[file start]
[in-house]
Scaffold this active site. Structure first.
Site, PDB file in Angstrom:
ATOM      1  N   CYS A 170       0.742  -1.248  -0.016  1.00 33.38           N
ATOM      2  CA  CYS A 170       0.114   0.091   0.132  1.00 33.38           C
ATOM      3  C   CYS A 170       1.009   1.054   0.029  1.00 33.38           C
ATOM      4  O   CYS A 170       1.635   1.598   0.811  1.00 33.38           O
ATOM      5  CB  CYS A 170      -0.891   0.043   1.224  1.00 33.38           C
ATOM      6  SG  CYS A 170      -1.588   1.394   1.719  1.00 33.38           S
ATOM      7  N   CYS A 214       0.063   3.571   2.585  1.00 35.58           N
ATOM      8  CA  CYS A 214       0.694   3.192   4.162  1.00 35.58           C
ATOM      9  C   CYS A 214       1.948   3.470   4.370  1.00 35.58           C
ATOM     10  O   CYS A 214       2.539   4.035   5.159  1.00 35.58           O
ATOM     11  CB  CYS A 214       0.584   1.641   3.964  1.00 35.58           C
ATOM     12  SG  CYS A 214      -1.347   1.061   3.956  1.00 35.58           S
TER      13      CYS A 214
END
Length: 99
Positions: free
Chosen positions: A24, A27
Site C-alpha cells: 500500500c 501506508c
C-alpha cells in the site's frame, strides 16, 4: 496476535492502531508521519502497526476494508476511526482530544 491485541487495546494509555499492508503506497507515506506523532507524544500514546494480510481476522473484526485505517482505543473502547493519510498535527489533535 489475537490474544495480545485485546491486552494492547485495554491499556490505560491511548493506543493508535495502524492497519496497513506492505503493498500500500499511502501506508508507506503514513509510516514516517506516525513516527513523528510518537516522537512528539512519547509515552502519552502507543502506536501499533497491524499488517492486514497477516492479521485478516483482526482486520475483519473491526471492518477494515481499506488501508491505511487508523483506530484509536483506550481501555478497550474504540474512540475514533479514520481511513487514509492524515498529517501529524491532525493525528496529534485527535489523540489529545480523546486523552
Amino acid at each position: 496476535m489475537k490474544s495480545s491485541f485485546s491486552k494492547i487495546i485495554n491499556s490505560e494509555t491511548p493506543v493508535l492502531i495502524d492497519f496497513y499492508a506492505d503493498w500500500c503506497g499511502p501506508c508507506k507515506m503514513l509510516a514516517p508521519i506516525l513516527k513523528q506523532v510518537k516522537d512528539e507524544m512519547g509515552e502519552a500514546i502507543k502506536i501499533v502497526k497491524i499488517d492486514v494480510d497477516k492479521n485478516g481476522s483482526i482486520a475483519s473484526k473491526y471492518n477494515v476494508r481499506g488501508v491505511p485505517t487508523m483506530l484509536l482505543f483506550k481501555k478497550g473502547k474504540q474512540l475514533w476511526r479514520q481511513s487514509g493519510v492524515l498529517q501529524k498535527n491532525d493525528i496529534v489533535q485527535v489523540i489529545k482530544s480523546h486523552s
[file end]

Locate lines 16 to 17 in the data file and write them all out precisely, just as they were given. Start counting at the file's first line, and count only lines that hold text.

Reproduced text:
TER      13      CYS A 214
END